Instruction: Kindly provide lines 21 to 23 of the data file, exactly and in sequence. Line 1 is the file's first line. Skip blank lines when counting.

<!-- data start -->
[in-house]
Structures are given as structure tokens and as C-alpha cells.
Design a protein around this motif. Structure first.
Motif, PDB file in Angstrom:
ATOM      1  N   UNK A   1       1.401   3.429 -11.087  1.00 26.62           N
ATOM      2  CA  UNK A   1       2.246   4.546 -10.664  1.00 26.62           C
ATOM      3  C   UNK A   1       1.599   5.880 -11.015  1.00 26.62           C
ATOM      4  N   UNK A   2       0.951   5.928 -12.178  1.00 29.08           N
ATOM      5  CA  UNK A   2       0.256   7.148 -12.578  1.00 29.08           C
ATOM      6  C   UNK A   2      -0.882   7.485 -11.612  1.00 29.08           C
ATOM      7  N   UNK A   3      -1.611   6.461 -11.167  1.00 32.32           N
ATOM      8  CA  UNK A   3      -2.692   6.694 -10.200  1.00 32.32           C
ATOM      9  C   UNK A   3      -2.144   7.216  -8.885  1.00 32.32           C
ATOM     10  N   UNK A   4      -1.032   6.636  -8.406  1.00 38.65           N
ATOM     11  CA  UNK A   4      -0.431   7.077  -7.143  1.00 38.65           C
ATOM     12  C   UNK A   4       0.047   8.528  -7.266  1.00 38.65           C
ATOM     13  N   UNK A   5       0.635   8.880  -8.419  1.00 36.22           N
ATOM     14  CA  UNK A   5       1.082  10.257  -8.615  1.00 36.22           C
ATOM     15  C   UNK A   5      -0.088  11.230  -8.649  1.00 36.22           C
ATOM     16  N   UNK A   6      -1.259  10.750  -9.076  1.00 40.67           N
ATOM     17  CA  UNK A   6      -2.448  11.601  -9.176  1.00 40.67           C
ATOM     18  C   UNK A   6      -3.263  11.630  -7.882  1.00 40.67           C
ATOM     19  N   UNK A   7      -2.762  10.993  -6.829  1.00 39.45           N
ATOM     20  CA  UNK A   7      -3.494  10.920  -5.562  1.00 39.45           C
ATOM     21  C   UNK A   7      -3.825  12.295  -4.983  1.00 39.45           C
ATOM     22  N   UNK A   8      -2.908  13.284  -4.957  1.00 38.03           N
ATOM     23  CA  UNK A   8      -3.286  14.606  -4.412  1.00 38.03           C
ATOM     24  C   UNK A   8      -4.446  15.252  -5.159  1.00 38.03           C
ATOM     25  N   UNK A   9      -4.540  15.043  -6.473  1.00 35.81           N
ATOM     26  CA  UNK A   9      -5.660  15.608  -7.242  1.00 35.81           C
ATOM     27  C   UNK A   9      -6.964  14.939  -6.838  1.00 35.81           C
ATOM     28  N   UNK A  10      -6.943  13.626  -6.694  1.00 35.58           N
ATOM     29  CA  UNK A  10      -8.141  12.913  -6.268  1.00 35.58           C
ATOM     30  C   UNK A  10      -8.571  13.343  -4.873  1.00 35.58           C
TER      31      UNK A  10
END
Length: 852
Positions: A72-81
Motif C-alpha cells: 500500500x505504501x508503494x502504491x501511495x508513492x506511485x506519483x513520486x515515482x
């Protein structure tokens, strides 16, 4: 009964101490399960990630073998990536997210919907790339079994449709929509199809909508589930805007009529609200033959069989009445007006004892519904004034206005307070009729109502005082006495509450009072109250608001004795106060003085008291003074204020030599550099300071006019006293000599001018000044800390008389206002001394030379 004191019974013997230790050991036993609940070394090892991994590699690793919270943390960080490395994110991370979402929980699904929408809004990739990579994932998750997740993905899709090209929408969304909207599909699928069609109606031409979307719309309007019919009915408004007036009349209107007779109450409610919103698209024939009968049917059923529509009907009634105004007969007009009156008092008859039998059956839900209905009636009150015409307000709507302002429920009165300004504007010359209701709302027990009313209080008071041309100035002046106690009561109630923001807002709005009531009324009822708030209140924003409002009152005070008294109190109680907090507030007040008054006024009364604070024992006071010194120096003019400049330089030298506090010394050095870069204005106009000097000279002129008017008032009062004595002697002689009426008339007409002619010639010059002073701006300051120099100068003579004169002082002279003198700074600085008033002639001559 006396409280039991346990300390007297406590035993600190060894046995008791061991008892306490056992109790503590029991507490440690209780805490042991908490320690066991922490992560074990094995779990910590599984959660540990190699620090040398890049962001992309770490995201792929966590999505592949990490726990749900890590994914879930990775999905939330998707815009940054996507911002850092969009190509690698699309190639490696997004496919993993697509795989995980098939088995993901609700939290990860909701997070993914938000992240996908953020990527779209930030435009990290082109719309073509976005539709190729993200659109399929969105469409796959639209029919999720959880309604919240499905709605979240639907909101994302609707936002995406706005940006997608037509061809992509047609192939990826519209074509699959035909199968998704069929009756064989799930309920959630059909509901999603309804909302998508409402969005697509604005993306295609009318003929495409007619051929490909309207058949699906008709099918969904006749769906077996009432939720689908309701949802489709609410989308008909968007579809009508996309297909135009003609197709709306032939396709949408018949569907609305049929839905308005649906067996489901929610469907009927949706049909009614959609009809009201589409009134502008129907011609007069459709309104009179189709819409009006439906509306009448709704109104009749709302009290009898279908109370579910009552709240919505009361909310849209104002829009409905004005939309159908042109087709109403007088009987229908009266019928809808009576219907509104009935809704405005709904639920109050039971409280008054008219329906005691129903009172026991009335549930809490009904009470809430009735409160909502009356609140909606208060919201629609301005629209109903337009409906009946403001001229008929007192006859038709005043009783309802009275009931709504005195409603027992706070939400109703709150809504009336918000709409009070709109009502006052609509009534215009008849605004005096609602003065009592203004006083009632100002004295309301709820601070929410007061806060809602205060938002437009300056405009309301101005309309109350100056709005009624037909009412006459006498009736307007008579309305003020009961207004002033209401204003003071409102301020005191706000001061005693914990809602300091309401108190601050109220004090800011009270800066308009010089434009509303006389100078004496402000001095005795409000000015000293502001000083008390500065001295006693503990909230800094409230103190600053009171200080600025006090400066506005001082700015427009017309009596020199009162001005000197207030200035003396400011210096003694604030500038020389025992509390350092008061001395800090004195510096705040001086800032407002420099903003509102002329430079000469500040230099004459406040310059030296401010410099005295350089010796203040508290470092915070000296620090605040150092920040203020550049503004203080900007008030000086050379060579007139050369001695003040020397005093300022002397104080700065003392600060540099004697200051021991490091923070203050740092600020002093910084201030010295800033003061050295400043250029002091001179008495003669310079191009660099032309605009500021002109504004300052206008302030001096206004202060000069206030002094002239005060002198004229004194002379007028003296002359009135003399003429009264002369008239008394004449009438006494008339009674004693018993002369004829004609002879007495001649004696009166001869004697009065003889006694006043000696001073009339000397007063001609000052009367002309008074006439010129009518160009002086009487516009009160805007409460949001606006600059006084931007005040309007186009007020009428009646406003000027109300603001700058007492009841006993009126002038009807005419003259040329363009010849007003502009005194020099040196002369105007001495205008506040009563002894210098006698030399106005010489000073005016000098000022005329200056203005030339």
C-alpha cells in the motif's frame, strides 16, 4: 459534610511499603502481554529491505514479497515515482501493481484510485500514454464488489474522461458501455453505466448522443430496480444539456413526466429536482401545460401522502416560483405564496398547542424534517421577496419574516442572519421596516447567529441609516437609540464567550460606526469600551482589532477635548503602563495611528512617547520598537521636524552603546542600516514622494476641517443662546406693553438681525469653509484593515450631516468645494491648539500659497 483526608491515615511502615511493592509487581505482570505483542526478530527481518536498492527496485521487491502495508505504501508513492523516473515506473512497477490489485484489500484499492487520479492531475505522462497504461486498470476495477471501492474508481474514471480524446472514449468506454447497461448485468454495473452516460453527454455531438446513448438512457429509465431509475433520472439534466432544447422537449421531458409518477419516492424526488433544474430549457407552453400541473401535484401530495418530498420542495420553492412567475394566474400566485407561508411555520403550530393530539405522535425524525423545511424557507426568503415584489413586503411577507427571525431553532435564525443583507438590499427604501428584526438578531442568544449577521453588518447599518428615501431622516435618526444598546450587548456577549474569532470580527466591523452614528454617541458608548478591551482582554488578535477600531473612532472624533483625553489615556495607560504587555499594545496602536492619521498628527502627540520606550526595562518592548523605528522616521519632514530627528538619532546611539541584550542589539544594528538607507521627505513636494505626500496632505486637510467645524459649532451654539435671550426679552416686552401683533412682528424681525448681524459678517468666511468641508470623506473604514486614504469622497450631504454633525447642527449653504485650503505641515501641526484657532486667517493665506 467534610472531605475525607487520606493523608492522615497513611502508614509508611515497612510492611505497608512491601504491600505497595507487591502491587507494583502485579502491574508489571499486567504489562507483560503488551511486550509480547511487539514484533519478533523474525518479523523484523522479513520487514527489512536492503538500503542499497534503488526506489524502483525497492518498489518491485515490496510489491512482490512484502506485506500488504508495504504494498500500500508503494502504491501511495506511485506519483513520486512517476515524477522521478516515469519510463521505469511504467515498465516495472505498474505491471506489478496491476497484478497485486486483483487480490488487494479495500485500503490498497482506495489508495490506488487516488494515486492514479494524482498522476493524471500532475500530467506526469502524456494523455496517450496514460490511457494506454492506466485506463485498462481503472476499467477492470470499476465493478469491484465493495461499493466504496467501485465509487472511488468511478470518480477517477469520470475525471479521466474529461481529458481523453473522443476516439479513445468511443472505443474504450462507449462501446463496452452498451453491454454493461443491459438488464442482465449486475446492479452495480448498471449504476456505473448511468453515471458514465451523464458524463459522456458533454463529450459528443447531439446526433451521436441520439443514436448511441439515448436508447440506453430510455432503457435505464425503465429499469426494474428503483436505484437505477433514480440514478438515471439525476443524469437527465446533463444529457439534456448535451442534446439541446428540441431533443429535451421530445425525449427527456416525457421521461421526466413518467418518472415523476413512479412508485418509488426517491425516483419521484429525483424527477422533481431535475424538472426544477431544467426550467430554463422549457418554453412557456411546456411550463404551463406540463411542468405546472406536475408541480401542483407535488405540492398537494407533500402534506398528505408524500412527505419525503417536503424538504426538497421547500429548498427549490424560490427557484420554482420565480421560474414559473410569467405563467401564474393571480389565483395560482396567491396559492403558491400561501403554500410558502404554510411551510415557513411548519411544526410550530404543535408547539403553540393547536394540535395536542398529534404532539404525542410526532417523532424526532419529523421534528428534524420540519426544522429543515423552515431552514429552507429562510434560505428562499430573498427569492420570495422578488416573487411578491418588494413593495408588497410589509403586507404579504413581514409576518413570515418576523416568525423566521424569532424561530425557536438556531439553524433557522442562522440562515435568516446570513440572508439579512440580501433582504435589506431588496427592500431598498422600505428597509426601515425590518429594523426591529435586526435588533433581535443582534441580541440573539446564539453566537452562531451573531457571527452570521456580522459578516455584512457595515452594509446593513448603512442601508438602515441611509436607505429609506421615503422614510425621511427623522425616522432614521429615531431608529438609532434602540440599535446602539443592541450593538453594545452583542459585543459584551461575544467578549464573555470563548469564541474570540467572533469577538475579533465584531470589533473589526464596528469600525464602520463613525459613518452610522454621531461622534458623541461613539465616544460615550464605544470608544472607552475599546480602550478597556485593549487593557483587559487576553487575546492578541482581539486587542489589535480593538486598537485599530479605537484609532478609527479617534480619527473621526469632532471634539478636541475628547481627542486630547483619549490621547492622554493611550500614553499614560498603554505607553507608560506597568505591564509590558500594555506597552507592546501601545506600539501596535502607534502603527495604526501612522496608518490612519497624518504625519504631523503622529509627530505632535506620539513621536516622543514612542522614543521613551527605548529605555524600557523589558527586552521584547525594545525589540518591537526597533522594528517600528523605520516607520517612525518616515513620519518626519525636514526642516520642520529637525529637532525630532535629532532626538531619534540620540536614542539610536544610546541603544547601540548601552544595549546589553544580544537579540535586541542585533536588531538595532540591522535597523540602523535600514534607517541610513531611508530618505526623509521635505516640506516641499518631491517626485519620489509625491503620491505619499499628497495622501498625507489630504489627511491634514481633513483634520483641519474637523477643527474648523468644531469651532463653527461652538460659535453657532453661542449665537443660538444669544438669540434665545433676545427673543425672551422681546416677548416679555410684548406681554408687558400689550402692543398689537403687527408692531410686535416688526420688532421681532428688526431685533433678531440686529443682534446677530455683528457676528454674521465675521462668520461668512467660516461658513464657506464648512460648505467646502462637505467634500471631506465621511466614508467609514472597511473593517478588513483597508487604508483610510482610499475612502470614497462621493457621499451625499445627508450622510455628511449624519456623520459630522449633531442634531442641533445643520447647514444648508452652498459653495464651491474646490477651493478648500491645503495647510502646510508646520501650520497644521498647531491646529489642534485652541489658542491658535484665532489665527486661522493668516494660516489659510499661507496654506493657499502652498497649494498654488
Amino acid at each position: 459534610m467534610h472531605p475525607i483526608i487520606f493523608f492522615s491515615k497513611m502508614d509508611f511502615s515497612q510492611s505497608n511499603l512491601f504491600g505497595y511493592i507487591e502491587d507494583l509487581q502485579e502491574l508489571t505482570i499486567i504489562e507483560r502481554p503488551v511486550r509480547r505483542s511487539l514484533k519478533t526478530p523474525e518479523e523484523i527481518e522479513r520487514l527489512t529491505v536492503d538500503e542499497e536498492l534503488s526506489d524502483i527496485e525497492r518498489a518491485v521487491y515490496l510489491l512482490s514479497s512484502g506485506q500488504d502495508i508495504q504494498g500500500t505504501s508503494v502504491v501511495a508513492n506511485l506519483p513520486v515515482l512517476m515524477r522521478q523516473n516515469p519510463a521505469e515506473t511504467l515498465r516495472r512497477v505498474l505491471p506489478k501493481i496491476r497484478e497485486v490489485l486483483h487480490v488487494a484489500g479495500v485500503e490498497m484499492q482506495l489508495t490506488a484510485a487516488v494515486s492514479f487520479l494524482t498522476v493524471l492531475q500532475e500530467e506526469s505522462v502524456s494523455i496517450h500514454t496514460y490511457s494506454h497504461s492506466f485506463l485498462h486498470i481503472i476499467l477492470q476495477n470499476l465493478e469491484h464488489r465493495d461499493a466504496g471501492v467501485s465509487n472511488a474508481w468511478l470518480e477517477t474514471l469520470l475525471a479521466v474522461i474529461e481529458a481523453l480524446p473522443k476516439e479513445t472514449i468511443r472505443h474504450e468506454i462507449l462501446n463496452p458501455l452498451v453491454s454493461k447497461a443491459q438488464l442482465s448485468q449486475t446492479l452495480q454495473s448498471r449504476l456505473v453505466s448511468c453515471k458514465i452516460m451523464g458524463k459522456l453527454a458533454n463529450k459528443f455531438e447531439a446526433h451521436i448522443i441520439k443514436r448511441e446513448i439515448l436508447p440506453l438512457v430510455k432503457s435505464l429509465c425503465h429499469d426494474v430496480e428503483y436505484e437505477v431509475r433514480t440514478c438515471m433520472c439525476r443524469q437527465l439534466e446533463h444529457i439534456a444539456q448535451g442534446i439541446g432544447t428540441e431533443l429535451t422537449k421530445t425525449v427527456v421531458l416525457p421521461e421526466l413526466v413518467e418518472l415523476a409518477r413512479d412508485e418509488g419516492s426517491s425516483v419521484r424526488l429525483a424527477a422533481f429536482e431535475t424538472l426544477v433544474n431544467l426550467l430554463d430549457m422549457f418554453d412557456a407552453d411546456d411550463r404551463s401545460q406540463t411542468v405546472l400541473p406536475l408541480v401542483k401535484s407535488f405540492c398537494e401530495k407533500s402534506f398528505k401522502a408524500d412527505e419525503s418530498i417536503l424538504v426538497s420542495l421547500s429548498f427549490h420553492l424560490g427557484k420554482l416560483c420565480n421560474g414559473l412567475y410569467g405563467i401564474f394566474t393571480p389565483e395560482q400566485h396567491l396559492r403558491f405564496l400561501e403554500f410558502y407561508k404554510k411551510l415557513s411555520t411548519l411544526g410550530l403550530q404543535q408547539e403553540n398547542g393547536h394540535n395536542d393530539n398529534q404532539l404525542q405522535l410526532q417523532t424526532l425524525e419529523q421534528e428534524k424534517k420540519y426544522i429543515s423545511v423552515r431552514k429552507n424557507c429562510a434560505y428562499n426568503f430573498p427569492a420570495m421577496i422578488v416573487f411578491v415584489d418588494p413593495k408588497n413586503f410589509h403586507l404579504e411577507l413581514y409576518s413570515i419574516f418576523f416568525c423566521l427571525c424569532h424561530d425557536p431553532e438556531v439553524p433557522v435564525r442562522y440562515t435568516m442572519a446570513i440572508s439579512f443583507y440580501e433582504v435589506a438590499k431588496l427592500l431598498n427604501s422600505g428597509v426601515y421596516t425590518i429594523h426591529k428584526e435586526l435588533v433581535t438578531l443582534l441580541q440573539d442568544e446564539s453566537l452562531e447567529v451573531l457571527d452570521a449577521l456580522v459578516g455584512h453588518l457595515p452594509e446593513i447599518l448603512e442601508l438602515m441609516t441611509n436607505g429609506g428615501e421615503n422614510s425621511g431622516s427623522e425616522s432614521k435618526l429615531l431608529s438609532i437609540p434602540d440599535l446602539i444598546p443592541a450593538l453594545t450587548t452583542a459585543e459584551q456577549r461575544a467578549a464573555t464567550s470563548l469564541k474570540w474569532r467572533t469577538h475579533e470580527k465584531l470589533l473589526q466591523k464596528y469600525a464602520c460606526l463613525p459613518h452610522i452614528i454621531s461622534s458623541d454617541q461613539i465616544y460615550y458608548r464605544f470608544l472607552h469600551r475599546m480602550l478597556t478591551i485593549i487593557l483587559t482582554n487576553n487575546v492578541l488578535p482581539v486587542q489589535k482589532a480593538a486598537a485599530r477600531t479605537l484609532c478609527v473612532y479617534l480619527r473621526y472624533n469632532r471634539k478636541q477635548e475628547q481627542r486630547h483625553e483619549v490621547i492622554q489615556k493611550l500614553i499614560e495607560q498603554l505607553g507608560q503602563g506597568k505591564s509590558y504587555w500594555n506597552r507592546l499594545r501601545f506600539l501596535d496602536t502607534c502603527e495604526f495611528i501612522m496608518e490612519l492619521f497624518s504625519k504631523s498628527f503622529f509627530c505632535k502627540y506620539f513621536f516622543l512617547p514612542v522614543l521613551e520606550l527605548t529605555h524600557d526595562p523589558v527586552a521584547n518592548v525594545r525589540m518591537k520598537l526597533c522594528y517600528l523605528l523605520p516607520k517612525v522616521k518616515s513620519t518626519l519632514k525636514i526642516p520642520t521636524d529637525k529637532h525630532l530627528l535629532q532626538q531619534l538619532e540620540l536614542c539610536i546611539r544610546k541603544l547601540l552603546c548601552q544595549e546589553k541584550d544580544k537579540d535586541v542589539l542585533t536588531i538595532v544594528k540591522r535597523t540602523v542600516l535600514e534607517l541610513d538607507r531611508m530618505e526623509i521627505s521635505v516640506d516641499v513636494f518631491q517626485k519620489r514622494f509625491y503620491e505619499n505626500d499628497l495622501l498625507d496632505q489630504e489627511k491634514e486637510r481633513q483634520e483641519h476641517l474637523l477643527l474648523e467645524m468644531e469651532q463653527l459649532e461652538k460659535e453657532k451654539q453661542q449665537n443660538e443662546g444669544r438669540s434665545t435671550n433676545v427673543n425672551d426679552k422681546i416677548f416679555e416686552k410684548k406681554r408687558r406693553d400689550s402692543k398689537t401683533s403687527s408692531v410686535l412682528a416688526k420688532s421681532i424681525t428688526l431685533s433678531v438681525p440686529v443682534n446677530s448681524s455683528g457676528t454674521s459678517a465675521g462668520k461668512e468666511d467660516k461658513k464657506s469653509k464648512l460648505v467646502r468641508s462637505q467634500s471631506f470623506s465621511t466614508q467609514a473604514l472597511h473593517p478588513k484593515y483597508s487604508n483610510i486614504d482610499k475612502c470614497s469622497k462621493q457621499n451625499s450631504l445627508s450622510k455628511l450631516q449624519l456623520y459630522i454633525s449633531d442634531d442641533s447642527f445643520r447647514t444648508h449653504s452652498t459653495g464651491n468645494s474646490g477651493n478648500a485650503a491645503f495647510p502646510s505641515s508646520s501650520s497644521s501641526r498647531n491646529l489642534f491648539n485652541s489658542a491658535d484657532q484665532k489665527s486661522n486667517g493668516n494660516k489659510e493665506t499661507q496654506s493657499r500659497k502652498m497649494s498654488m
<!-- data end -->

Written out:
ATOM     17  CA  UNK A   6      -2.448  11.601  -9.176  1.00 40.67           C
ATOM     18  C   UNK A   6      -3.263  11.630  -7.882  1.00 40.67           C
ATOM     19  N   UNK A   7      -2.762  10.993  -6.829  1.00 39.45           N